Padhaaro Mhaare Des…


…or ‘welcome to our city’ exemplifies the spirit of Jodhpur — a canvas of Rajasthani culture

Ever thought the colour used by locals to paint their homes — in a bid to ward off insects —would become synonymous with the city? In the past, Jodhpur suffered from a major termite problem —so the residents started adding copper sulphate to their whitewashes, which lent the city its pristine blue-indigo hue. The Blue City is really blue!

Modem Jodhpur stretches well beyond the city walls, but it’s within the walled city that you find the Rajasthan of your imagination – the hustle-bustle, the colours, and the larger-than-life Mehrangarh Fort At the base of the mighty fort is a jumble of blue cubes that stretches out to the 10 km-long, 16th-century city wall. Inside are vibrant, entangled and bustling medieval streets — all of which never seem to lead where you want them to… The shops sell everything from vintage home decor items and temple decorations to colourful clothes and accessories. The colourful rickshaws here are super slim since they have to squeeze through the narrow streets. They make for a great travel option.

RAJPUTANA SPLENDOUR

The colossal and grand Mehrangarh Fort, which rises 400 sq ft above the city, looks nothing less than a page out of a fairy tale. The imprint of Jodhpur’s erstwhile royal family, built by Maharaja Jaswant Singh in the 17th century, it is the defining feature of this otherwise low-rise landscape. If you aren’t visiting Jodhpur in winter, make sure you reach the fort early to skip the midday sun. You don’t need a ticket to enter the fort; only the muse um section requires one. Packed with history, Mehran- garh Fort houses one of the best- kept collections of regal parapherna lia in the country. What you see is a mag nificent collection of silver elephant how dahs, gilded palanquins, carved ivory, weapons inlaid with gold and jewels, rare pieces of textile, and some of the world’s finest miniature paintings. You’ll be amazed to see elaborate cradles of infant princes and the extensive zenana (where maharanis lived) with dainty filigree win dows. Make sure to hire a guide to take you through the palatial labyrinth, great hall ways and long corridors and hear fascinating stories about the heroism of the leg endary Rajput warriors of Marwar. You can also consider spending the afternoon in its small cafe, sipping chilled beer or wine, lounge under shady trees reading a book or simply enjoy the spectacular views of the city. There are some curio shops too; you can take back valuable merchandise like a Jodhpuri earring or a maharaja pen as memento. For adventur seekers, there’s the flying fox zip- 1 line tour, which runs below the fort.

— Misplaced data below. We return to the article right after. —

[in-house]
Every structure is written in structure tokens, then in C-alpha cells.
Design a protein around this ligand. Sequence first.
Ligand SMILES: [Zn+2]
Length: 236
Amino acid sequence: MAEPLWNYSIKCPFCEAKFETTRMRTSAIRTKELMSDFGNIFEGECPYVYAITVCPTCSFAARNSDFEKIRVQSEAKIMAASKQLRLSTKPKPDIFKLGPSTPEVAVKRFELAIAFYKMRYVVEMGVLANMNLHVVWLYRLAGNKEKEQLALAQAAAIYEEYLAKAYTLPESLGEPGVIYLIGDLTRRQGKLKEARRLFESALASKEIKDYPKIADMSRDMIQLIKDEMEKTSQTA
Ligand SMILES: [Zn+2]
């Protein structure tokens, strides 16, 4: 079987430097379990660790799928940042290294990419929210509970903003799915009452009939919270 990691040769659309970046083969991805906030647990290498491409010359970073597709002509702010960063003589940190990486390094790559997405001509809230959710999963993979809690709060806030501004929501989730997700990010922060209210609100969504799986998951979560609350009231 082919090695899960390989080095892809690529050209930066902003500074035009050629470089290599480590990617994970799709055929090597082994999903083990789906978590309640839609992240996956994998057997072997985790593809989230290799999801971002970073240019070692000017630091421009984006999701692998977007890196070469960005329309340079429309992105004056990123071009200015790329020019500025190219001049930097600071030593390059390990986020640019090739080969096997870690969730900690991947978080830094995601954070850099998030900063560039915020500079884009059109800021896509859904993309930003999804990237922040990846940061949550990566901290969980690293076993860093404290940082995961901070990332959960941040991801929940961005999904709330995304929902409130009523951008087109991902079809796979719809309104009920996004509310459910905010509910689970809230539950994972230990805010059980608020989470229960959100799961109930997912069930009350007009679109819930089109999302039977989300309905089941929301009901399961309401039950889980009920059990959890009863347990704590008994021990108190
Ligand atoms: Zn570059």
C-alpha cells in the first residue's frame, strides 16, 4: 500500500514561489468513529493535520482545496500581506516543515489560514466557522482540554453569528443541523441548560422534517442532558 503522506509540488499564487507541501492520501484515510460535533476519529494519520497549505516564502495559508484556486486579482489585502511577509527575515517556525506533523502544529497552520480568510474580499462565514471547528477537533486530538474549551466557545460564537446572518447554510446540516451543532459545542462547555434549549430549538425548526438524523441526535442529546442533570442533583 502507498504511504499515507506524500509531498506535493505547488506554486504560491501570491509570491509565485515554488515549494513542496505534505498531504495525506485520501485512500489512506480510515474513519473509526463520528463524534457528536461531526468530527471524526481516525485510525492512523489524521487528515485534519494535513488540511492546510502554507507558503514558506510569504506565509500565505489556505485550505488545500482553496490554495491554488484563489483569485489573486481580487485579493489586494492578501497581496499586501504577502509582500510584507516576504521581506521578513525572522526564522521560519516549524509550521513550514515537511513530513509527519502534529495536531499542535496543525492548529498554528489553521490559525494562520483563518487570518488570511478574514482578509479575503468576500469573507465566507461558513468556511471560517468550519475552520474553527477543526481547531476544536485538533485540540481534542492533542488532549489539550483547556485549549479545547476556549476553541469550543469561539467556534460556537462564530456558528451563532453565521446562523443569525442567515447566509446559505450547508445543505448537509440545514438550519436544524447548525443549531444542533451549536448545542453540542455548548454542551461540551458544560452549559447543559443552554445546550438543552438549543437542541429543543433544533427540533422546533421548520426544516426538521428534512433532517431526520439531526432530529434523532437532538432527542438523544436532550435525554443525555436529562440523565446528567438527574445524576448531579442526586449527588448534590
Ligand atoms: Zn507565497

jashwath thada jodhpur

When in Jodhpur, a visit to Umaid Bhavan is a must. If your budget doesn’t permit you to stay there, go for dinner or drinks at its scenic restuarant where the verandah of fers a lavish view of the palace gardens. Indulge in some Rajasthani delicacies (ker sangri and laal maas) generously spread on silver platters. Visitors aren’t admitted dur ing all seasons, so call in advance to make a reservation. Again, casual visitors are not allowed inside the palace as the current royal bearer Gaj Singh II still lives in the premises. But you can certainly visit the museum by paying a nominal entry free. Pictures of artistic palace interiors, a collection of antique clocks and the maharaja’s vintage cars are eye-catching.

ALL THINGS ETHNIC

You’ll find steps leading to the marketplace all around the Ghanta Ghar. The area somehow creates an aura that is hard to resist. Though loud, dusty and a tad dirty, the bylanes sell wares, spices, metal bangles, Jodhpun jootis, Rajasthani turbans, and loads of mithais and snacky items you can munch on during a shopping spree. The city is popularly known for its antique fur niture emporiums. There are a few near Ghanta Ghar too. If you love investing in retro, unique home decor pieces and fur nishings in Indian prints, it’s impossible to leave empty-handed. From coloured-glass lanterns and vintage posters to jaali-work wooden frames and quirky painted metal trunks, you’ll find them all. As a souvenhi you can pick a signature Jodhpuri re versible block-print quilt that is known to have a cooling effect in summer and acts as an insulator against the cold in the harsh winter cold.

village market jodhpur.jpg

Village market, Jodhpur

FESTIVAL ALERT!

Lose yourself to the sacred sounds and dance performances by the best artiste line-up from across the globe at Mehrangarh Fort that is lit by the sparkling incandescence of a thousand candles.

World Sacred Spirit Festival (Feb 26-27, 2016); Flamenco & Gypsy Festival (Mar 18-20, 2016)

MUST-EAT